Łı́ı́dlı̨ı̨ Kų́ę́ First Nation (LKFN) has been trying to open a full-time emergency shelter for women and children in Fort Simpson, N.W.T. It would also serve the surrounding communities.
Although there is a clear need for the shelter, the First Nation has been running into one roadblock after another trying to find funding and secure a building.
Amy Fraser, the regional victim services coordinator at LKFN, said there is a tremendous need in the community for daytime programming and an emergency shelter for women and their children.
"My vision was to open a home that would allow for both," said Fraser. "I didn't realize how hard that vision was."
She is currently running a sewing circle out of LKFN's old band office.
Fraser wants to eventually also offer women's programs, women support groups as well as the sharing/sewing circles.
"We could work on hide," Fraser said. "And then have a shelter/safe space for women and children."
She said she tried to access funding through the Canada Mortgage and Housing Corporation (CMHC) but they were not approved.
For the building, Fraser said there are several federal houses in the community that are now sitting empty, some for years. She is hoping to utilize these houses for the women's shelter and hopefully a transitional house for men when they return to the community after incarceration or treatment.
Chief also frustrated with slow process
LKFN Chief Kele Antoine said several years ago they found out that the federal houses can be available to them to use for social programming at a minimal cost to the nation. He said they immediately identified uses for multiple buildings but they haven't been able to secure the buildings from the federal government.
He said he has been reaching out to Crown-Indigenous Relations and Northern Affairs but hasn't heard anything back.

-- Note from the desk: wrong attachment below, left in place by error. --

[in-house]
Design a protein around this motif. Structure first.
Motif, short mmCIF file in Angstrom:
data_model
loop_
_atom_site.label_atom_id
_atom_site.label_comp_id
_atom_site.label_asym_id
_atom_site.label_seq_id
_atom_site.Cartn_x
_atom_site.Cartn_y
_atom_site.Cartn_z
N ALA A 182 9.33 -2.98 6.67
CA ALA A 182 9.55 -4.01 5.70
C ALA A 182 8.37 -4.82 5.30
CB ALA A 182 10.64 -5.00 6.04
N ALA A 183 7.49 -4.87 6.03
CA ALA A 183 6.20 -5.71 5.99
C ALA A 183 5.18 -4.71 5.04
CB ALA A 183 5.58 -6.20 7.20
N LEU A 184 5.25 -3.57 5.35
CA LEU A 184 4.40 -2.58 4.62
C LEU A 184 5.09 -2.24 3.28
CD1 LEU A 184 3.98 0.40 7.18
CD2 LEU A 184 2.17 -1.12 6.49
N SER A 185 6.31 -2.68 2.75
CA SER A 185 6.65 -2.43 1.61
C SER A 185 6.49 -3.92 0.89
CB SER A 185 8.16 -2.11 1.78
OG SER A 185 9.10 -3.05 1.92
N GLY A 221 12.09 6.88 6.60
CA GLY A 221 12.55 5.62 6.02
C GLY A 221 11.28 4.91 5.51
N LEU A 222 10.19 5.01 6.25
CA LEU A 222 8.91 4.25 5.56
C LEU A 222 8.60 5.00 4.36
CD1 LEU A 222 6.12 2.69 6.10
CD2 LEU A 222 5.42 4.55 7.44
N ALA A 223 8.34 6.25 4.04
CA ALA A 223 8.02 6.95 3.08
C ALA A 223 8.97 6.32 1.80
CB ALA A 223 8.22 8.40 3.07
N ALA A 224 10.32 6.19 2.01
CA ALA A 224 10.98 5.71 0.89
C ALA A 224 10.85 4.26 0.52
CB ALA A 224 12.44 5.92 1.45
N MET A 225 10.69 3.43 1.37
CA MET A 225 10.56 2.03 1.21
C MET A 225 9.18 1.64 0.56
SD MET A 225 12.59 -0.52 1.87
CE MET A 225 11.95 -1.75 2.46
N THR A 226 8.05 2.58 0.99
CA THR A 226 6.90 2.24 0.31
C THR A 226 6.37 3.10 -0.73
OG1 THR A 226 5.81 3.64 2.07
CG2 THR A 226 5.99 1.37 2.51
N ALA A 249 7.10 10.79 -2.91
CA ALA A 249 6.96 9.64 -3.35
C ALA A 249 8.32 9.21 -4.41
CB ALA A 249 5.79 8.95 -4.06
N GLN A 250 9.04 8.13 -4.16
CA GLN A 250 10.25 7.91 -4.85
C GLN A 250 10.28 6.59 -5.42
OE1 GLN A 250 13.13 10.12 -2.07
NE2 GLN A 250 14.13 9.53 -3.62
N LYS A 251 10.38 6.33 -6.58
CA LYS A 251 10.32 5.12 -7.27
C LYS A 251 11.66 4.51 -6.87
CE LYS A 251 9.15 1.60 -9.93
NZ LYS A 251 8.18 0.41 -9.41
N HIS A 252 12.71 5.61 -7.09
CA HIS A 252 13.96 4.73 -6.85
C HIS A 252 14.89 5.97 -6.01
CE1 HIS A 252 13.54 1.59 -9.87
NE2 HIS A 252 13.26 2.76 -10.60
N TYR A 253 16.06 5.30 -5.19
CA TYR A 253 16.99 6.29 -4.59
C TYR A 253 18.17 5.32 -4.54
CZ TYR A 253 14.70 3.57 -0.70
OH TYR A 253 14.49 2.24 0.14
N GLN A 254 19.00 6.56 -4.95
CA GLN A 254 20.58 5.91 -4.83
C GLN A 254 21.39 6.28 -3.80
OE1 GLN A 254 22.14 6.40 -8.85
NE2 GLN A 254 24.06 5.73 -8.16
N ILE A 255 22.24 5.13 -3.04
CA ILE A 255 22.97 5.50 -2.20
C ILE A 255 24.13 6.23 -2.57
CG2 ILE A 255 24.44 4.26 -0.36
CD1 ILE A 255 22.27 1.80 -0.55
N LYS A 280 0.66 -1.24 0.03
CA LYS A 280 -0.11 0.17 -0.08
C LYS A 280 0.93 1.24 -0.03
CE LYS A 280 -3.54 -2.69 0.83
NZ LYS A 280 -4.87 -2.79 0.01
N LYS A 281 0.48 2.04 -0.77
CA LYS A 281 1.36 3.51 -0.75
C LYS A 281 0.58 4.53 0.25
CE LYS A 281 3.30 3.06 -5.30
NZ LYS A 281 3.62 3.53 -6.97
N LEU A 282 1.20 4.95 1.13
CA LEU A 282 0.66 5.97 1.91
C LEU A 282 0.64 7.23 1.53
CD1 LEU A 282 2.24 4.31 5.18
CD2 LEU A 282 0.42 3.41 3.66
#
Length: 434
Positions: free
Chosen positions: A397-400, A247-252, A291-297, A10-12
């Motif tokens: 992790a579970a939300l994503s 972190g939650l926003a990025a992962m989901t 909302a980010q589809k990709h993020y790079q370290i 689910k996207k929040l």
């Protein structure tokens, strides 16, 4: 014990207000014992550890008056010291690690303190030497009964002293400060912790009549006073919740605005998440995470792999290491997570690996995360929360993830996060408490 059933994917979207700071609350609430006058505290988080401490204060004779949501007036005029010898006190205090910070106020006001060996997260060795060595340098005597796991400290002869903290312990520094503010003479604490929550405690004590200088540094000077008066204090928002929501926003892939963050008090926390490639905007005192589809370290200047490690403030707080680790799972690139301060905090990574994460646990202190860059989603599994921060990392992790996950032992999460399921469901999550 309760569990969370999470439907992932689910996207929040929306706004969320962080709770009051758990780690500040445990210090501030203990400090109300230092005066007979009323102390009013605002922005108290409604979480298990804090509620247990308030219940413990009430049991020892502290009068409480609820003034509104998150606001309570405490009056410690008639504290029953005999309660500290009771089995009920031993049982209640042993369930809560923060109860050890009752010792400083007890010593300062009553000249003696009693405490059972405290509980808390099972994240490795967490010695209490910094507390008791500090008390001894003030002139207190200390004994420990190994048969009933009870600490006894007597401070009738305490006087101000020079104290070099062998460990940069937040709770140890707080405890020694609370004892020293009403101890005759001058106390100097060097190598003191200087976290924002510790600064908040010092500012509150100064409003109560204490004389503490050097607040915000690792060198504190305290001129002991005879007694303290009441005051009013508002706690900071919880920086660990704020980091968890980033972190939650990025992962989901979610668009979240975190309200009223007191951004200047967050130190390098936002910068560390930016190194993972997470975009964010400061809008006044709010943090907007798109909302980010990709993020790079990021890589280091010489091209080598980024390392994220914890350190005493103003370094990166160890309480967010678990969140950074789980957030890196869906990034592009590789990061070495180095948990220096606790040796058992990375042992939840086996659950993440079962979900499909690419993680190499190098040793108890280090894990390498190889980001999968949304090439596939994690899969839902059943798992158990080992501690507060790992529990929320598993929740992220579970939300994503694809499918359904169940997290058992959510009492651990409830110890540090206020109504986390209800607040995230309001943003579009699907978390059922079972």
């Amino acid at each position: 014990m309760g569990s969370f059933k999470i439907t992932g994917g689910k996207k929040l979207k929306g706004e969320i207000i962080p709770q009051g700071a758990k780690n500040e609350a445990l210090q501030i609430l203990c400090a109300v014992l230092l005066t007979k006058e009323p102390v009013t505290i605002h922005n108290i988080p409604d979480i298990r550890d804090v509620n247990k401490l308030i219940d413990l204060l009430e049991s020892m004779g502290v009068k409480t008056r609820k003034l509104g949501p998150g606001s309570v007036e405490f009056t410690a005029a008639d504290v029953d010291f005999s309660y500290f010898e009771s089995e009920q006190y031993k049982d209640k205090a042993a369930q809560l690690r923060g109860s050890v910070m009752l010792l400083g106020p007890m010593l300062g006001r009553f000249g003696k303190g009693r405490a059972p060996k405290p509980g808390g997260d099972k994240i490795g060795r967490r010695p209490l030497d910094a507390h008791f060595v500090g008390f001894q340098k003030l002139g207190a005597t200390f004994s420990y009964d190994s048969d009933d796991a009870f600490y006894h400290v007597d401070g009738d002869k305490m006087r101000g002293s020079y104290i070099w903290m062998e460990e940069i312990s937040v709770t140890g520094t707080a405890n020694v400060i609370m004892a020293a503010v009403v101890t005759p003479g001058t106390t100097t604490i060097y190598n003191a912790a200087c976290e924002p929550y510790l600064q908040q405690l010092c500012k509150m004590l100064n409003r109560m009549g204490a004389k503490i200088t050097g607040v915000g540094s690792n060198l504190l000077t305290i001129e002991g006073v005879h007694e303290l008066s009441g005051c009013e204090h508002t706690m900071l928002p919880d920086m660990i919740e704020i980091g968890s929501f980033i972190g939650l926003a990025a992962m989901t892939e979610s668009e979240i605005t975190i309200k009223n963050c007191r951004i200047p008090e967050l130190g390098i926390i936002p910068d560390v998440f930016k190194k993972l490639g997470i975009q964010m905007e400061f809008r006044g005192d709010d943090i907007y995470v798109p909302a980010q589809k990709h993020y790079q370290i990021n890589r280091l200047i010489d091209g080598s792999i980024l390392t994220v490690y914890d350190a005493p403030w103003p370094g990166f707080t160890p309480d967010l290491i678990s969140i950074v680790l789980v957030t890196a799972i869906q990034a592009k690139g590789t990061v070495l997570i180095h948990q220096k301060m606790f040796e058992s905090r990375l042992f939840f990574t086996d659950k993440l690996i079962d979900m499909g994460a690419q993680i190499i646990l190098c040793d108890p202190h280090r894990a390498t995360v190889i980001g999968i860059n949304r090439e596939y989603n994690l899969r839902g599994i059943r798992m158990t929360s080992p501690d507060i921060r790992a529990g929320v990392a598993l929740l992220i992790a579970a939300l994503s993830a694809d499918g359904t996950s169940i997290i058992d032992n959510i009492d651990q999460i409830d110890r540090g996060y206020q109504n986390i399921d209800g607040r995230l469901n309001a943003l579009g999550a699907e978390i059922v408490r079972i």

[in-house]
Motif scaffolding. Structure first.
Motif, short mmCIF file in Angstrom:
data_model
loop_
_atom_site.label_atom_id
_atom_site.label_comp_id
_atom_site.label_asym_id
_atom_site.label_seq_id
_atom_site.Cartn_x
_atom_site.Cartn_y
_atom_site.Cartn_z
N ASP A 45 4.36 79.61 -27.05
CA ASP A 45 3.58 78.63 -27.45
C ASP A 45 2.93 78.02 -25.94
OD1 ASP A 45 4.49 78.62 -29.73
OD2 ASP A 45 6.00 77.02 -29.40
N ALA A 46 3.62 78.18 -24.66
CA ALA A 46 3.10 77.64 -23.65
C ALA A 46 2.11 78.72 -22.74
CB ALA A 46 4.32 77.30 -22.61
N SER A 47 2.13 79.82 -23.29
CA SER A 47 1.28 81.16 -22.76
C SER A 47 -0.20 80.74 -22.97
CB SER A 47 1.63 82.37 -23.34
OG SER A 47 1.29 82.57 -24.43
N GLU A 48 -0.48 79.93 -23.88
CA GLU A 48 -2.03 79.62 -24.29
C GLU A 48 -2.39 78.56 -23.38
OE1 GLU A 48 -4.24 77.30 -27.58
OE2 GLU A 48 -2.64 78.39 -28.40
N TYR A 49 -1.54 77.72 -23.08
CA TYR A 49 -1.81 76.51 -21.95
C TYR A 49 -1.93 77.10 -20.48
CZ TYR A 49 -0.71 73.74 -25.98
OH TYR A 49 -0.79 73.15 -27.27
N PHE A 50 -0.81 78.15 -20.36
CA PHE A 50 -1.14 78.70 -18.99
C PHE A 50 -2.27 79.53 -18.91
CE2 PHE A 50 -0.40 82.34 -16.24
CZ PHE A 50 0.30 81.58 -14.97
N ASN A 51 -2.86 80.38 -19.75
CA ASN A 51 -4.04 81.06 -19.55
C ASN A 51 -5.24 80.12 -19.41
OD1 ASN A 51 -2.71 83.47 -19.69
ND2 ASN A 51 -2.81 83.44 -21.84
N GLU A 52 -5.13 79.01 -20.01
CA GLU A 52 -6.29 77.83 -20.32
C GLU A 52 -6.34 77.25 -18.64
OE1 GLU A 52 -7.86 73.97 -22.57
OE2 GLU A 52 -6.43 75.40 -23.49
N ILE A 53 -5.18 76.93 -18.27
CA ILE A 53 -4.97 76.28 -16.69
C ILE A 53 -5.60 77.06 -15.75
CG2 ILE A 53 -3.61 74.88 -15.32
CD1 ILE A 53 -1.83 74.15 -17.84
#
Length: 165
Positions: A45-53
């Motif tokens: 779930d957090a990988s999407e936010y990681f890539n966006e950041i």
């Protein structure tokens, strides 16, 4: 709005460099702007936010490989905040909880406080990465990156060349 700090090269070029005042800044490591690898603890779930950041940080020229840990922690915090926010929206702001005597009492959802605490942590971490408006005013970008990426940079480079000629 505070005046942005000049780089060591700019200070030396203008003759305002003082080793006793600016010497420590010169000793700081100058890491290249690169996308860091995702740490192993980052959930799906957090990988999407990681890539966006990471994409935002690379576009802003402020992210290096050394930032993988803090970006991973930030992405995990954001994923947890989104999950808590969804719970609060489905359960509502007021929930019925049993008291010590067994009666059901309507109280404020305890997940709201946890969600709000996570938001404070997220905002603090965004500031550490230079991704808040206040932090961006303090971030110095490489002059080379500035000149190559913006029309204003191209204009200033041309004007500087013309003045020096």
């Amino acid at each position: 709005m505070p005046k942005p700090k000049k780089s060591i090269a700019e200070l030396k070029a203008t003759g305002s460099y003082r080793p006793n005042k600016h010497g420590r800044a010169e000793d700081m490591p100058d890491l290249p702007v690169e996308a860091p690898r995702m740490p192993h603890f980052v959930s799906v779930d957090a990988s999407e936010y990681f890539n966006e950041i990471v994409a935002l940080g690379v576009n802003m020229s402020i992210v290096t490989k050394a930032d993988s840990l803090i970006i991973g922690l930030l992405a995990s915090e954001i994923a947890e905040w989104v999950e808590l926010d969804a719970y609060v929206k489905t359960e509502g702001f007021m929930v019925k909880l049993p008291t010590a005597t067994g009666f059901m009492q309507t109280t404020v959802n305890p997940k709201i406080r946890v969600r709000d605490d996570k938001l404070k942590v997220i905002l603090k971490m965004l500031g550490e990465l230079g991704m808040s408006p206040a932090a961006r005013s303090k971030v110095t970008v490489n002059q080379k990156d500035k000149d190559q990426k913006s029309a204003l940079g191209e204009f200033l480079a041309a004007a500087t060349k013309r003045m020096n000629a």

"We're just left waiting for answers from federal officials," he said. "But nobody seems to think it's that urgent."
Antoine said he spoke several times with Michael McLeod, N.W.T.'s Member of Parliament. Antoine said McLeod has done all he can to expedite the request. Antoine said he is disappointed with how slow the process has been.
Antoine also stressed that the shelter and programming will also serve surrounding communities. This includes Wrigley, Jean Marie River, Sambaa K'e, Nahanni Butte, and Fort Liard.
Antoine also said there is a strong need in the Dehcho region for a women's shelter. The only option available at the moment for the long term is to go to Yellowknife but their hope is to avoid women and children having to leave their only support systems in the community.
"They're kinda thrust into a totally different situation with no friends and family when they need that the most," he said.
CBC News reached out to the Department of Crown-Indigenous Relations and Northern Affairs but has not yet heard back.
Only temporary options for women in the community
Fort Simpson currently has a warming centre that opened up in December 2020. It acts as a daytime warming centre for men and women and they are hoping to add daytime programming soon.
Although the warming centre does have temporary emergency shelter options for women, the overnight shelter is currently only available to men.
Pamela Horesay, the program co-ordinator and manager at the warming centre, said that there is a dedicated room available at the Nahanni Inn for women seeking temporary shelter. But that only helps women short term.
"It's definitely needed," said Horesay. "If a woman is escaping from a domestic violence situation, we don't want them housed in a building with men."
LKFN also offers the same temporary solution for emergency shelter. If women are seeking shelter they can reach out to Horesay at the warming centre or Fraser at LKFN and arrangements will be made to get them into the hotel room.
Hoping for progress soon
Meanwhile, Fraser said they have met with the YWCA and other grassroots organizations that have been willing to offer some financial support, whether it's paying rent, buying furniture or paying the salary of a staff member. But it still requires the shelter to have a space.
She has heard from other community members who are willing to help her move the process along, inviting her to meetings and helping advocate for her during this process.
Fraser has also collected support letters hoping to speed up the process and send a clear message to the government that the community and region need this service.